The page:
When relationships become contests in the accumulation of power, communion is not possible. When members of the opposite sex are objectified, inhumane treatment will follow. When individualism dominates a person’s thinking, trust will erode and love will disappear. Unless a sense of community, solidarity, and love gains ground on the autonomy and egotism of individualism, no economic changes can fix the crisis facing American families.
Nevertheless, it is essential to work through the political system to promote greater economic justice, including greater support for families. The government — through an increase in the minimum wage, adequate social safety nets, and measures like the earned income tax credit — must ensure that hard-working people can take of their families and provide for their essential needs. The US can catch up with the rest of the developed world on paid family leave and enact other policies that make the workplace more pro-parent and pro-child.
Finding the right solutions requires prudence, but prudential reasoning does not extend to the imprudence of trickle-down economics or convoluted schemes shaped by an anti-government mentality.
And to be clear, the social safety net is not a hammock; it’s not even sufficient. Far too many kids receive inadequate childcare. Far too many Americans still lack access to quality, affordable healthcare. And we must not forget the unborn. Abortion is part of the throwaway culture. It is clear that many poor women who choose abortion are doing so because of economic pressures. Helping pregnant women and the parents of young children is essential to protecting the lives of the youngest family members.
Churches can help families dealing with these economic pressures to a certain extent. Dioceses and parishes need to find new formulas for making Catholic education affordable. They can help facilitate support networks to give parents more help and flexibility. Perhaps they could even pay their own workers a family wage.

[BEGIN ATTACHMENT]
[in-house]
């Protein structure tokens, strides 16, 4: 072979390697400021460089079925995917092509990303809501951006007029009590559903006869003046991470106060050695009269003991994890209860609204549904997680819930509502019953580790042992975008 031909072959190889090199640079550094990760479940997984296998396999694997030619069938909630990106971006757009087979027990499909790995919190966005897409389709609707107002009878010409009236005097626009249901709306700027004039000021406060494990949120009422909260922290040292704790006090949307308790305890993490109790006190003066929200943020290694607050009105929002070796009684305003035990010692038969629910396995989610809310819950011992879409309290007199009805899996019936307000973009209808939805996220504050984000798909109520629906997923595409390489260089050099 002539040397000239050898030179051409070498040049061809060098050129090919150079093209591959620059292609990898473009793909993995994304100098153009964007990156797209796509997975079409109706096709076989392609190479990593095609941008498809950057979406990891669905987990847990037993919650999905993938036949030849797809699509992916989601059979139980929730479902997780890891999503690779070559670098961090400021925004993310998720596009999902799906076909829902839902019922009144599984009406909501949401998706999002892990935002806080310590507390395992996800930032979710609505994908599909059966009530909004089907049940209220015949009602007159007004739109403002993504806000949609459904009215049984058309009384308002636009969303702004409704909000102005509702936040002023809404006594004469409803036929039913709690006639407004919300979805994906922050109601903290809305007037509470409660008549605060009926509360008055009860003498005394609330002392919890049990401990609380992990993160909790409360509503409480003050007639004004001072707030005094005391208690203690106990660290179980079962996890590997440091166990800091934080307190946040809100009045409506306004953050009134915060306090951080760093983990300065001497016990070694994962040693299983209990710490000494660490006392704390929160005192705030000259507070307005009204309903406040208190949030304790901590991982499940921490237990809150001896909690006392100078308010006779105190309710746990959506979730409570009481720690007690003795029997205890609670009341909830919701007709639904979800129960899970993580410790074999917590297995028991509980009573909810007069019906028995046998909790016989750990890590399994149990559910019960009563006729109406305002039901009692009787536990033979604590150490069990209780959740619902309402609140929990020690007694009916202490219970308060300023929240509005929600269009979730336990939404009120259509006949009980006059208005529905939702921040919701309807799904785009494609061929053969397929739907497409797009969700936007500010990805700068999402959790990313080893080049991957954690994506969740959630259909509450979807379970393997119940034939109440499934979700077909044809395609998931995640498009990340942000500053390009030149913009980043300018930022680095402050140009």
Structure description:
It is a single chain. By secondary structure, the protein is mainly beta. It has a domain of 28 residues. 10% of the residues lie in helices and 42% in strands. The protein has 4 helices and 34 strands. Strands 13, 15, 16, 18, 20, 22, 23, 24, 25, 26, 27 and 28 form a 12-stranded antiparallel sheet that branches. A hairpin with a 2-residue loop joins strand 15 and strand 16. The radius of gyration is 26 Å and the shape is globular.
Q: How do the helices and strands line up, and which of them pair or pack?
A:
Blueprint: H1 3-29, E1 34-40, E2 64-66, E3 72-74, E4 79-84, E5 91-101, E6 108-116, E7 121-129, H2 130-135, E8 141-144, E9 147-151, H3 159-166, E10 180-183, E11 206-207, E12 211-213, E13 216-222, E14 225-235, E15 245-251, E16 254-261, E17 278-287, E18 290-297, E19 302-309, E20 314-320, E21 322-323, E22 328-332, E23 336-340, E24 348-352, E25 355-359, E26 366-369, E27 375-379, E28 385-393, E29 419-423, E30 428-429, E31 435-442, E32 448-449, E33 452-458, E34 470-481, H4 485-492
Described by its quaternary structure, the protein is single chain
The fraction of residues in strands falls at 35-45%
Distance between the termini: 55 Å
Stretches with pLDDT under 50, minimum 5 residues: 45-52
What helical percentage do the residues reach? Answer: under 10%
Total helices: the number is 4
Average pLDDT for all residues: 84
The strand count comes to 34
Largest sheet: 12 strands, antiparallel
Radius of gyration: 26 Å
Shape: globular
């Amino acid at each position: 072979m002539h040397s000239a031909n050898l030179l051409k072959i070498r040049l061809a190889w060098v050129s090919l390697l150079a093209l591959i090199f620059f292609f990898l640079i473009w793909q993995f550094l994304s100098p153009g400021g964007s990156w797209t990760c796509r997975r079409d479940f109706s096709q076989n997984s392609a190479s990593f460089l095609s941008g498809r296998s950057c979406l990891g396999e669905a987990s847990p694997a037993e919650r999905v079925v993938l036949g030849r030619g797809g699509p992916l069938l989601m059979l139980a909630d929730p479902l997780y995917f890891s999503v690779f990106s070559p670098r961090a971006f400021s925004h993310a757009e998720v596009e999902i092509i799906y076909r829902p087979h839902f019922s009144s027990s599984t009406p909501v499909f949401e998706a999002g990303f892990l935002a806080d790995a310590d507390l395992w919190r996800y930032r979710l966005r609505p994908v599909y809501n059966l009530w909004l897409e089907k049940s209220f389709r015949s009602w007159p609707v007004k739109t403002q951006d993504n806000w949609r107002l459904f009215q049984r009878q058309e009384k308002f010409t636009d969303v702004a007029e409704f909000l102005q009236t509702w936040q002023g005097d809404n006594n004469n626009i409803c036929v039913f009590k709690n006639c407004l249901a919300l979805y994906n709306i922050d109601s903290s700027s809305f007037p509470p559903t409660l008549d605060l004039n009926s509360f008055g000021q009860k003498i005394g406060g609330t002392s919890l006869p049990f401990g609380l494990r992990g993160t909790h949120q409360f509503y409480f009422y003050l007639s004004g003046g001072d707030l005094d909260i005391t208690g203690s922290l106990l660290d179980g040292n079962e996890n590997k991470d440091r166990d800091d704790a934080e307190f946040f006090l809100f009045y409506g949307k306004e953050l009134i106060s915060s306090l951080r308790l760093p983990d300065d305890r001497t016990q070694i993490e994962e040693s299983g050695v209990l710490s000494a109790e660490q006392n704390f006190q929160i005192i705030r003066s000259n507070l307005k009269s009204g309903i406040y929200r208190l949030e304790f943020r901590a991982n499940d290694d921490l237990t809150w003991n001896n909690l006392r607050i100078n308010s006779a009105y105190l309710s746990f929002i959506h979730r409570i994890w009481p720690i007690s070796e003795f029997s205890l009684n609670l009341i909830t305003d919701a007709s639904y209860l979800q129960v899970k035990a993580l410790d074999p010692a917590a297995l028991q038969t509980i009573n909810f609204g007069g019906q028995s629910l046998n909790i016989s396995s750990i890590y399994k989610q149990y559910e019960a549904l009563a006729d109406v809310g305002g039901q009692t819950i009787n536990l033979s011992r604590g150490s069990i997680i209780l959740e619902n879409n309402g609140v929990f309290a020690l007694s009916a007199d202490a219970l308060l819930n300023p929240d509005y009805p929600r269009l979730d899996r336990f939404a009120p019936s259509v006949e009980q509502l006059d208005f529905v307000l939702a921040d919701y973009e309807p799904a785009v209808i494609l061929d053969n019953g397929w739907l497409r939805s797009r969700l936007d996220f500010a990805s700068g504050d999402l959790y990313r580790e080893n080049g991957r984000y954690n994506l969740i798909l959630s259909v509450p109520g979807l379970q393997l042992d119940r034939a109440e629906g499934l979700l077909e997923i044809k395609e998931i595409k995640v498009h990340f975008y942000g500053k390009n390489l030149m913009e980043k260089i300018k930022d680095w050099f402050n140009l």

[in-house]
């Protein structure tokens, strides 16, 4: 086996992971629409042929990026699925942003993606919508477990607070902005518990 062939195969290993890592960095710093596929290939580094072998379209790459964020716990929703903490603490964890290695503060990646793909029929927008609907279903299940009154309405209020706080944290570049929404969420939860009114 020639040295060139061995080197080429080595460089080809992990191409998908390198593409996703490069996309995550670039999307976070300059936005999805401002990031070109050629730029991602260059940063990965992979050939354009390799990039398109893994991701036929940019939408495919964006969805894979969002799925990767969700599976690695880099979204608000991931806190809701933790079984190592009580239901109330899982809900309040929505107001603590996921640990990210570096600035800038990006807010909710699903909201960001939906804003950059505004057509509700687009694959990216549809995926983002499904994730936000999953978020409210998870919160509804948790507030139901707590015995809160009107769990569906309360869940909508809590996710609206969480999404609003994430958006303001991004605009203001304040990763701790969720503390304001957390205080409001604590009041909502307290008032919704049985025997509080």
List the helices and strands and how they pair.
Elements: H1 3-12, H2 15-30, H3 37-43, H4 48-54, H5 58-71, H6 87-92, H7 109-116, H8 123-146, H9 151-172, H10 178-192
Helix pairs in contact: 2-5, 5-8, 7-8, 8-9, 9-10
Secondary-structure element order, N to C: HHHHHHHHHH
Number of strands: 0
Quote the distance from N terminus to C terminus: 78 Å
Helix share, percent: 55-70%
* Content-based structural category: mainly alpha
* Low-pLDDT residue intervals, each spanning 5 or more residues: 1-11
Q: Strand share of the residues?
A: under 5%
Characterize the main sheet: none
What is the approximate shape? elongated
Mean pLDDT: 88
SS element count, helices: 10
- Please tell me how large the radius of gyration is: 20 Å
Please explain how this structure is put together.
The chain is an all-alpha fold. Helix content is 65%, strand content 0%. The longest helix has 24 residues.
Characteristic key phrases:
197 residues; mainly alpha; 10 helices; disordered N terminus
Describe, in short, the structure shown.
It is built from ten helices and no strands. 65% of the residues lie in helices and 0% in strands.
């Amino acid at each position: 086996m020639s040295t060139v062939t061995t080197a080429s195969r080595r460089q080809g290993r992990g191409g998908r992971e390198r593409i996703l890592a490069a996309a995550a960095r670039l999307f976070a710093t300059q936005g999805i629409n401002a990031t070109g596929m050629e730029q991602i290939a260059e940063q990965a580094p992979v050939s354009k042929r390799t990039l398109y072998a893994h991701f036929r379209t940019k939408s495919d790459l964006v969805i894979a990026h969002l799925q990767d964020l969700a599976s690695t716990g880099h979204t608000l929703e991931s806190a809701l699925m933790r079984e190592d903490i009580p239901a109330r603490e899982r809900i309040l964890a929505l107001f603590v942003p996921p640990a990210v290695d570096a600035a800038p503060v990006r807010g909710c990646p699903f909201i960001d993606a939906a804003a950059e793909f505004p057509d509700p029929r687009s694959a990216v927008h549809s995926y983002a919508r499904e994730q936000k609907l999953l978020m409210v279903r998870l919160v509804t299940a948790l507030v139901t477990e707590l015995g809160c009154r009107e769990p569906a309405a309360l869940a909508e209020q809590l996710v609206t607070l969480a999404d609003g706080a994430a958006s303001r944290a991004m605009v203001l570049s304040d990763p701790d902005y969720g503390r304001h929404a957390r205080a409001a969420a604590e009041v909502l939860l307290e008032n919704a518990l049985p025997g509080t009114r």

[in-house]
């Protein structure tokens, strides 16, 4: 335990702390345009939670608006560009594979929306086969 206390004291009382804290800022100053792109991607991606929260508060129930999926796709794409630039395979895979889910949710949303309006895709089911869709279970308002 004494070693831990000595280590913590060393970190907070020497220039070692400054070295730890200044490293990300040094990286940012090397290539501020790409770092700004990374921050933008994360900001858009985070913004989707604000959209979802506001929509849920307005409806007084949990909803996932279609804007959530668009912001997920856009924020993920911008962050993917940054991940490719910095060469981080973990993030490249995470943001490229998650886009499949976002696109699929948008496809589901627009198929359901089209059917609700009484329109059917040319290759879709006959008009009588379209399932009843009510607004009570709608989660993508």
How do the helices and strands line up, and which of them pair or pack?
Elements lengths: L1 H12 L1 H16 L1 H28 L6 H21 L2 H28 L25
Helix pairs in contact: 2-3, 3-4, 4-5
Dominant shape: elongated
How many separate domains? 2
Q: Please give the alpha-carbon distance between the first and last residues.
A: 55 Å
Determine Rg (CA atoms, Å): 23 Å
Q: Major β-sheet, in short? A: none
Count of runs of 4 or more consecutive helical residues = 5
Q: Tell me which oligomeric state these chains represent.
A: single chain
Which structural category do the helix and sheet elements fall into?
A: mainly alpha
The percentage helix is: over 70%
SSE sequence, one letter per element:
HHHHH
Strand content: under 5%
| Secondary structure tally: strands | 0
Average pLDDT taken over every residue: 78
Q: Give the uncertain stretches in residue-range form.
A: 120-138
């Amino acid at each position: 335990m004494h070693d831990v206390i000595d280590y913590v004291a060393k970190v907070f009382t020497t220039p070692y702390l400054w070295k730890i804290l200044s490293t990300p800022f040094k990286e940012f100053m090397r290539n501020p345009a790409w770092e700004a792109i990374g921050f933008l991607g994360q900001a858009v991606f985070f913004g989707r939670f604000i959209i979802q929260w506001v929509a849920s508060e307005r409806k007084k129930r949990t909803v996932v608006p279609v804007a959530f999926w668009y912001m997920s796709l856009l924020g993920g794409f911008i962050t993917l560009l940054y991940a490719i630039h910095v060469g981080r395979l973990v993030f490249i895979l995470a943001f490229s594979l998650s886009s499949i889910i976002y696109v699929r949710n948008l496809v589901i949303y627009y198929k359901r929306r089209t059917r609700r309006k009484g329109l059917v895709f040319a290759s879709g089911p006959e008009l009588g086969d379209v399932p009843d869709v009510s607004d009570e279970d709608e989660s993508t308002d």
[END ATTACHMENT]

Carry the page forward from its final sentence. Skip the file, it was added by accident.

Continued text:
They can also expose young people to successful marriages. As Amber and David Lapp explain, “Young people want to believe in marriage again, but they need to see good marriages to restore their trust.”
Finally, they can promote a message that is both countercultural and connected to the daily lives of parishioners. They can work to inculcate values and virtues that remove the problems that arise from widespread individualism (and even provide instruction in practical techniques that will make marriage and parenting more rewarding).
Not all the changes to the American family are bad. We are finally tapping into the immense potential of women to contribute to the common good at the workplace, in politics, and through other avenues which were once unjustly closed. The structure of our families and society needs to catch up so that both can flourish.
‘Traditional marriage’ was often dictated by economic arrangements, as well as racial/class prejudice, sexism, and other forms of bigotry. Contemporary marriages are predominantly initiated by a sense of mutual love. This is sometimes viewed negatively, particularly when love is viewed as an emotion that can be fleeting. But it is an exciting development, and it can bring us closer to the highest ideals of the Christian faith.
Couples have unprecedented freedom to seek communion with the person they love in an entirely unique, special way. If the love is genuine and rooted in virtue (and our society does more to support these couples), the prospects for becoming one flesh are as high as possible for human beings. While stable marriages are good for our society, these one-flesh marriages reflect God’s true vision of marriage, the one so strongly endorsed by Jesus Christ.
While the threats to marriage and families are real, if we exercise a preferential option for the family, we have the chance to build a stronger, more just society where families flourish.